“Take my saris,” you plead,
“I no longer wear these.”
But I always refuse. Read the rest of this entry
The simple joys of life – they are the best. It’s amazing how a simple little thing like a flower can boost up the cheer factor of your day quite a few notches. Yesterday, for me, it was my waterlily. I cannot even begin explaining how much joy that single flower brought to my day. Read the rest of this entry
Image Courtesy: http://www.southernalpha.com
Serendipity – One of my favorite words. I like what this word popularized by Horace Walpole, means too. The dictionary defines it as the faculty of making fortunate discoveries by accident – like accidentally knocking down an old copy of Moby-Dick from the bookshelf and discovering a wad of currency notes within its long unopened pages – or accidentally missing an exit on the way to the doctor’s office and ending up on some of the most breathtakingly beautiful roads you ever drove by.
That happens to me quite often. Not being showered with long lost currency notes in books about metaphoric giant whales, but getting lost on some of the best scenic routes.
Like it happened this morning, when we deliberately turned a deaf ear to the GPS politely requesting us in a clipped British accent to make a “U-Turn when possible.”
We drove along some quiet countryside roads. It had rained hard last night and every kind of vegetation worth its name wore a scrubbed clean look that only a night under God’s own shower can give. Right now, we are at the cusp of Summer and Fall and leaves are debating at the threshold of turning color. Once they make up their minds, the whole place is going to explode in a riot of colors-reds, scarlets, oranges, ochres and yellows, in sharp contrast against the dark green of the somber evergreen conifers. It is like Mother Nature decides to put on one final act of defiance and steps out in her most flamboyant outfit that could outdo even the brilliant colors of Spring and cocks a snook at Ol’ Man Winter before he sweeps in, cloaked in his dark, solemn furs, with his sack full of freezing winds, chilling frost and virginal snow.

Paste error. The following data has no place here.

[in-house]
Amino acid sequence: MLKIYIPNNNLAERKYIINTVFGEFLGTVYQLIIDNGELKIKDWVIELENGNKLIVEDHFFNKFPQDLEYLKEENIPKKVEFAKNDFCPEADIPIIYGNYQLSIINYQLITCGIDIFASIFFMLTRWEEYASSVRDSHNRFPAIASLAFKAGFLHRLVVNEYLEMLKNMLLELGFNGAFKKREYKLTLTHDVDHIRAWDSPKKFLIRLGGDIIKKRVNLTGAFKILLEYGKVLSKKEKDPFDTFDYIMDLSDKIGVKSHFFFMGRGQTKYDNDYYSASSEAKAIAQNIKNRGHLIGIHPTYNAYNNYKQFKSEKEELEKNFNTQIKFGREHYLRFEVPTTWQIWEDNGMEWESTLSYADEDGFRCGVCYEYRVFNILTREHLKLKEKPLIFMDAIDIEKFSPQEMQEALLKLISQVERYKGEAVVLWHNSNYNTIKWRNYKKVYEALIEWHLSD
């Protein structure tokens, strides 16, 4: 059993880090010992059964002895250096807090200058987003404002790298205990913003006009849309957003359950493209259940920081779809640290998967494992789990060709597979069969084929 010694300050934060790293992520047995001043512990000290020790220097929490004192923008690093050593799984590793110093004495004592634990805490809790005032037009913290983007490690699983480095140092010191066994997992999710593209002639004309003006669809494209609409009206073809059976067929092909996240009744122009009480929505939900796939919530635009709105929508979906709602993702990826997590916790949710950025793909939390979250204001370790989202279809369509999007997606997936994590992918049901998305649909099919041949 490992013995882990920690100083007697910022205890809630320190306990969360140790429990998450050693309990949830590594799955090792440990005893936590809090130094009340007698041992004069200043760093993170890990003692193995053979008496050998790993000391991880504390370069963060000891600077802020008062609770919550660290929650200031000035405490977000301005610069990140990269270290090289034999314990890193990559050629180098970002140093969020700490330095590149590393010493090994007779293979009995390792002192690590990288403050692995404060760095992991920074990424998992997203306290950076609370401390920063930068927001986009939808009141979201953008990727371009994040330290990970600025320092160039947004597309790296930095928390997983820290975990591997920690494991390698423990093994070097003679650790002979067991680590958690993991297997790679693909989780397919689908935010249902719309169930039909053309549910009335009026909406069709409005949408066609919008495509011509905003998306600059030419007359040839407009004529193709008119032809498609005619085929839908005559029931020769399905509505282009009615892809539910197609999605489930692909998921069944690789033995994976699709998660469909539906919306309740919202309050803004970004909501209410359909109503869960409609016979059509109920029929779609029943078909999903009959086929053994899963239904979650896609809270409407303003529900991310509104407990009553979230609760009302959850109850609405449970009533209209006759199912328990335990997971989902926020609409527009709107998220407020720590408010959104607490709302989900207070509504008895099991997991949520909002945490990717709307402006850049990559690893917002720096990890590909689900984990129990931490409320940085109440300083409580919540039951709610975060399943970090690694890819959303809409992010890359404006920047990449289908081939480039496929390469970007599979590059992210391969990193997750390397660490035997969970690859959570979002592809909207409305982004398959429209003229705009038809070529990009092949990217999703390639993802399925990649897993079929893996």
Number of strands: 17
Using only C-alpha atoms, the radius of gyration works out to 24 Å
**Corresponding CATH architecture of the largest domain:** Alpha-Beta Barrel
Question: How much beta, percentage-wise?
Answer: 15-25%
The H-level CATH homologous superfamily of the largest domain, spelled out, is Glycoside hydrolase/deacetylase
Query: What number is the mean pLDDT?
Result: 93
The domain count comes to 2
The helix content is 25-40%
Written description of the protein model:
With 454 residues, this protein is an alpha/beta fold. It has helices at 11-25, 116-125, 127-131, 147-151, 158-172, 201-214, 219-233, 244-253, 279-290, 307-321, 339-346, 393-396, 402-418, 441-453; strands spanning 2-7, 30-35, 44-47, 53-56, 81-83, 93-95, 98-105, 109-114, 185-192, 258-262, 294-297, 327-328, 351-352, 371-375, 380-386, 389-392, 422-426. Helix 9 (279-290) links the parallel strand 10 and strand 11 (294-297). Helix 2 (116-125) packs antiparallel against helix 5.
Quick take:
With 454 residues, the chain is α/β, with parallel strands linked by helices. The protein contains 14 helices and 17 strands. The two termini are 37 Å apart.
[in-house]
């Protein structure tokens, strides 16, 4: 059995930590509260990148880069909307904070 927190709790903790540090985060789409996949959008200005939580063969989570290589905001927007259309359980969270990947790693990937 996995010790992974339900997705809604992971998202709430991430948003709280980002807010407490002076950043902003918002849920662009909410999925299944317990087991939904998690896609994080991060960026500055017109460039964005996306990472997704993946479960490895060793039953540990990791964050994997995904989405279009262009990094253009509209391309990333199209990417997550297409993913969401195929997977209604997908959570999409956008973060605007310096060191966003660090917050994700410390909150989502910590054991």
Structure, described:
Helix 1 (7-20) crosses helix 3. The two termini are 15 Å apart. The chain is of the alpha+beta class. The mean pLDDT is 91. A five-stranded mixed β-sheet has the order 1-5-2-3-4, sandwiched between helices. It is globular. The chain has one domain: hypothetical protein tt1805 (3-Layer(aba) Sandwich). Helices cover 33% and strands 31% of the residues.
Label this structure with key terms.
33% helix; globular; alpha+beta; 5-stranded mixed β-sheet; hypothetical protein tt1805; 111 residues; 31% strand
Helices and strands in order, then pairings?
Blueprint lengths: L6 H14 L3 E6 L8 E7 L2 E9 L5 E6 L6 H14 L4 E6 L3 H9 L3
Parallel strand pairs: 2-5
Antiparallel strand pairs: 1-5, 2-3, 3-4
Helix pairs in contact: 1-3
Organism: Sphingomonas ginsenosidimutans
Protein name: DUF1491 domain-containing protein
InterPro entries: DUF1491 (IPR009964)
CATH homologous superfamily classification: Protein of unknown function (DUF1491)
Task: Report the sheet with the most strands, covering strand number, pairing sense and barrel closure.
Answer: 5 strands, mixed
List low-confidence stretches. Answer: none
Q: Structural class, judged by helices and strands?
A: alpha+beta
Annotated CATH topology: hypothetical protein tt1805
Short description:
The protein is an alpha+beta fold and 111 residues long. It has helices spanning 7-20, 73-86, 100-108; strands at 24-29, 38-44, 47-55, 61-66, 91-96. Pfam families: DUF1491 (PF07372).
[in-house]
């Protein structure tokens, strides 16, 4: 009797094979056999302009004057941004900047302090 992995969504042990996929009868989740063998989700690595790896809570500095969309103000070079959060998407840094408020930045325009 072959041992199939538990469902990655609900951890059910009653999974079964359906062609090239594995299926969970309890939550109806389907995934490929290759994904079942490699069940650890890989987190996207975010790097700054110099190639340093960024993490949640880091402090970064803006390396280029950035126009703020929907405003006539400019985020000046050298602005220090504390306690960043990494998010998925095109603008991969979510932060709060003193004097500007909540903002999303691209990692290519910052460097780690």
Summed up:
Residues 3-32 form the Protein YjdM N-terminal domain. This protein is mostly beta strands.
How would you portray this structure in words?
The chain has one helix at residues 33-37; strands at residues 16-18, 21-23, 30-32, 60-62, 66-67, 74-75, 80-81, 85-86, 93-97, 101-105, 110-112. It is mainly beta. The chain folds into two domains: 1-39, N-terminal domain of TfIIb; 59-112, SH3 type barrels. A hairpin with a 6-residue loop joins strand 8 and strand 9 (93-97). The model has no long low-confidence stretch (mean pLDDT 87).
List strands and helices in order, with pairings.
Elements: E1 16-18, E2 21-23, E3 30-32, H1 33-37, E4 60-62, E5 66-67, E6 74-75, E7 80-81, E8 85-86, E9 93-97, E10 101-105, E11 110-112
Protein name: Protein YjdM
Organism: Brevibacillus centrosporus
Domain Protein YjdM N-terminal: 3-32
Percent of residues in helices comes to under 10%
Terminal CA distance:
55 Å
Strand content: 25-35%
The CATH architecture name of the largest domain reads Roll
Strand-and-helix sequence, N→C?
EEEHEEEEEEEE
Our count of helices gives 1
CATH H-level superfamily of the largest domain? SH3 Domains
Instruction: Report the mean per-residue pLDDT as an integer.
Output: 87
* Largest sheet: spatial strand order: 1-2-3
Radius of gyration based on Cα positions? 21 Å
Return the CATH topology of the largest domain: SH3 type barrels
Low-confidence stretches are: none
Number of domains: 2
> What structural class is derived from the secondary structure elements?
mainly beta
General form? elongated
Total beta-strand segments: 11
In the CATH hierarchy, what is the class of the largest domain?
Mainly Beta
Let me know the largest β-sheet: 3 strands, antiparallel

Sturdy ranch style houses squatted firm on well-manicured lawns and hoary old oaks nodded their wise heads sagely, listening to the sad tales told by the weeping willows. Water fowls were getting ready to bid goodbye to the reeds and birches that grew by the ponds, before they flew south for the winter. Mallards walked about showing off their brilliant emerald heads, pompous geese fussed about, doing what else, but goose stepping and swans forgot all about their legendary grace and poise for a moment and went bottoms up at the sight of fresh food swimming by.
Soon, the creeks will turn brown. I don’t know how they do it, but soon they will flow like rich milky tea, between the bare branches of trees lining their banks. Right now, they are getting goose bumps from the droplets of water leftover from the rains, that the leaves are flicking at them in an amorous play.
And what was even better was the fact that the crass signs of Halloween have not yet started showing up in these places, unlike in the city where houses are already sporting evil witches on mailboxes and moldy coffins on the front lawn, despite Halloween being a good six weeks away. Out here, all we saw were occasional pumpkin patches with mellow ripening pumpkins lolling about and making the best of the watery sunlight, before being carted off to be mutilated into evilly grinning Jack o’ Lanterns.